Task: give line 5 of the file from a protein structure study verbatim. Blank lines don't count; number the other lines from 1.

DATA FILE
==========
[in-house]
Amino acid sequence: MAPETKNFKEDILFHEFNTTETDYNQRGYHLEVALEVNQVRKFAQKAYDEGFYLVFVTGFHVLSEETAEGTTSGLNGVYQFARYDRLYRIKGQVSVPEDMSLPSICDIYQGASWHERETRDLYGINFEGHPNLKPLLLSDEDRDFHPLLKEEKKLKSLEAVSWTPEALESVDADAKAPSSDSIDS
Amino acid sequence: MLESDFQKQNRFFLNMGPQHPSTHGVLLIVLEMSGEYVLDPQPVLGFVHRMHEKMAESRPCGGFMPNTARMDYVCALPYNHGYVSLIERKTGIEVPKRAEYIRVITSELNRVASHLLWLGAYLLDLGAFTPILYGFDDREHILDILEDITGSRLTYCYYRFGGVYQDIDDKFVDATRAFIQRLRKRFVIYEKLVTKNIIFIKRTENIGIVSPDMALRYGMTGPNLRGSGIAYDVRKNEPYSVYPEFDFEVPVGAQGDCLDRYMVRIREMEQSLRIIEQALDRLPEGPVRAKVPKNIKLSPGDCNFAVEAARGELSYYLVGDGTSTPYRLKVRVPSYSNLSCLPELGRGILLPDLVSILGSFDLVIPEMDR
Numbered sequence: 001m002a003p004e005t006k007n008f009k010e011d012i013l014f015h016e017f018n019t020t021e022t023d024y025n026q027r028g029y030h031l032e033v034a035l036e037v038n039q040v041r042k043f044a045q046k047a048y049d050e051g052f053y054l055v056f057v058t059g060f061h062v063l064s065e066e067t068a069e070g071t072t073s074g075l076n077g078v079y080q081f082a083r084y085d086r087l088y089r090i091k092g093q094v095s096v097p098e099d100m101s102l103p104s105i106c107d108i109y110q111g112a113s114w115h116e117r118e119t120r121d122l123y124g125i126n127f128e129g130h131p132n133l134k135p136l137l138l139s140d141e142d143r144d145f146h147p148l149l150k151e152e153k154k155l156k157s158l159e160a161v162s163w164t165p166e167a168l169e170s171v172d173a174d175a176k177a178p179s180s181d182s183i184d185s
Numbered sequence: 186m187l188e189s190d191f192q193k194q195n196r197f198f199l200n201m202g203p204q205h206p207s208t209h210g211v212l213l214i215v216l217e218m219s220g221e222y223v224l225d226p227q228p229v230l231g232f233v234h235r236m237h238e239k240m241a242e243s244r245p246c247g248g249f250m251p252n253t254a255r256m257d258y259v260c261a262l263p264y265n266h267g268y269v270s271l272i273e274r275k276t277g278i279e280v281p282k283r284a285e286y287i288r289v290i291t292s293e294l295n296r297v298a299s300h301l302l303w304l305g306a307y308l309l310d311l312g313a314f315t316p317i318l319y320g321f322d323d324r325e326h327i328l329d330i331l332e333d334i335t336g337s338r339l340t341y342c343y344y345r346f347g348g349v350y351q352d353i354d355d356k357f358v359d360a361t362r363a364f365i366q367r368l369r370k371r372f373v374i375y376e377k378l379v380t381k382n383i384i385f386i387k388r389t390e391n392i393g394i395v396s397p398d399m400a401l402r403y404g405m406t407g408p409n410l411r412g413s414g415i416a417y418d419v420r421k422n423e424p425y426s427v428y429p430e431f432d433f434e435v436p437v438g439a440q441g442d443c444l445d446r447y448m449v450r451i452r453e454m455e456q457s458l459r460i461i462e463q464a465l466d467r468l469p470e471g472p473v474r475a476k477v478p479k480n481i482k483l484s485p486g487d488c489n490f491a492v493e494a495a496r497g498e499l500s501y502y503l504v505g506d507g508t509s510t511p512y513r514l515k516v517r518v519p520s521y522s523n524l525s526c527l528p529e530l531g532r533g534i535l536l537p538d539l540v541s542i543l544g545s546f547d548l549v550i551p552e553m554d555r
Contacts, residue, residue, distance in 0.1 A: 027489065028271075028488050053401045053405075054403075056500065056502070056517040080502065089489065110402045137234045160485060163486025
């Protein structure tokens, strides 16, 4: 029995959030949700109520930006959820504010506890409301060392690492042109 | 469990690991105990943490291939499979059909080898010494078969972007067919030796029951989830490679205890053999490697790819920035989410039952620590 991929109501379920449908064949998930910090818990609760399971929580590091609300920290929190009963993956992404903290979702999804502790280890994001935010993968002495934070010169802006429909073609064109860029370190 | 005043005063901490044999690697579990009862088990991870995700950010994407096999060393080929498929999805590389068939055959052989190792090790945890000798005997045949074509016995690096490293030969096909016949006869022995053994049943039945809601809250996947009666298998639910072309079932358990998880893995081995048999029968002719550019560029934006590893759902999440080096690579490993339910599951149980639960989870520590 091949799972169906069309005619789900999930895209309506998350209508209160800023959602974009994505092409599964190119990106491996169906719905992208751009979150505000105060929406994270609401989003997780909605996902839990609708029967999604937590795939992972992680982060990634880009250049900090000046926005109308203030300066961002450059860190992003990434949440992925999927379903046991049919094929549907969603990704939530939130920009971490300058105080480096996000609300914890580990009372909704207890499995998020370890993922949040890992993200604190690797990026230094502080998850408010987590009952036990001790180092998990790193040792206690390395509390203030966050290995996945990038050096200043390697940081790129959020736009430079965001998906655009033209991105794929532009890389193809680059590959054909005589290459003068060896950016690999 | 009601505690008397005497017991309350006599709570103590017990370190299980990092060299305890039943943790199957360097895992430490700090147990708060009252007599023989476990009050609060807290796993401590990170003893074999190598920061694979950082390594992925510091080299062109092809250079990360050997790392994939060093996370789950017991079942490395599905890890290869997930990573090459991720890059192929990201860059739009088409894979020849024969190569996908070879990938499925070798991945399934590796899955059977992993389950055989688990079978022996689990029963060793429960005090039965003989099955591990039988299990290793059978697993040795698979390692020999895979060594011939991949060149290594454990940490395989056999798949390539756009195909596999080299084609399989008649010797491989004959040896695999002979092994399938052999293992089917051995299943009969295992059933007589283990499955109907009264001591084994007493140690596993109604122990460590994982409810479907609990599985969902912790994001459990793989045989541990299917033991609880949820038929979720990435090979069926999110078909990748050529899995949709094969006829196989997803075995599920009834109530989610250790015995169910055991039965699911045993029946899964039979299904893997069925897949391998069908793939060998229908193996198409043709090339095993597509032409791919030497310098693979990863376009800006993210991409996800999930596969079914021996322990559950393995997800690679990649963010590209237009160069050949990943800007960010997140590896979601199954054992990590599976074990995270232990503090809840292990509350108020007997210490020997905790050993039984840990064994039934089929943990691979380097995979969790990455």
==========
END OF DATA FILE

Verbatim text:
Numbered sequence: 186m187l188e189s190d191f192q193k194q195n196r197f198f199l200n201m202g203p204q205h206p207s208t209h210g211v212l213l214i215v216l217e218m219s220g221e222y223v224l225d226p227q228p229v230l231g232f233v234h235r236m237h238e239k240m241a242e243s244r245p246c247g248g249f250m251p252n253t254a255r256m257d258y259v260c261a262l263p264y265n266h267g268y269v270s271l272i273e274r275k276t277g278i279e280v281p282k283r284a285e286y287i288r289v290i291t292s293e294l295n296r297v298a299s300h301l302l303w304l305g306a307y308l309l310d311l312g313a314f315t316p317i318l319y320g321f322d323d324r325e326h327i328l329d330i331l332e333d334i335t336g337s338r339l340t341y342c343y344y345r346f347g348g349v350y351q352d353i354d355d356k357f358v359d360a361t362r363a364f365i366q367r368l369r370k371r372f373v374i375y376e377k378l379v380t381k382n383i384i385f386i387k388r389t390e391n392i393g394i395v396s397p398d399m400a401l402r403y404g405m406t407g408p409n410l411r412g413s414g415i416a417y418d419v420r421k422n423e424p425y426s427v428y429p430e431f432d433f434e435v436p437v438g439a440q441g442d443c444l445d446r447y448m449v450r451i452r453e454m455e456q457s458l459r460i461i462e463q464a465l466d467r468l469p470e471g472p473v474r475a476k477v478p479k480n481i482k483l484s485p486g487d488c489n490f491a492v493e494a495a496r497g498e499l500s501y502y503l504v505g506d507g508t509s510t511p512y513r514l515k516v517r518v519p520s521y522s523n524l525s526c527l528p529e530l531g532r533g534i535l536l537p538d539l540v541s542i543l544g545s546f547d548l549v550i551p552e553m554d555r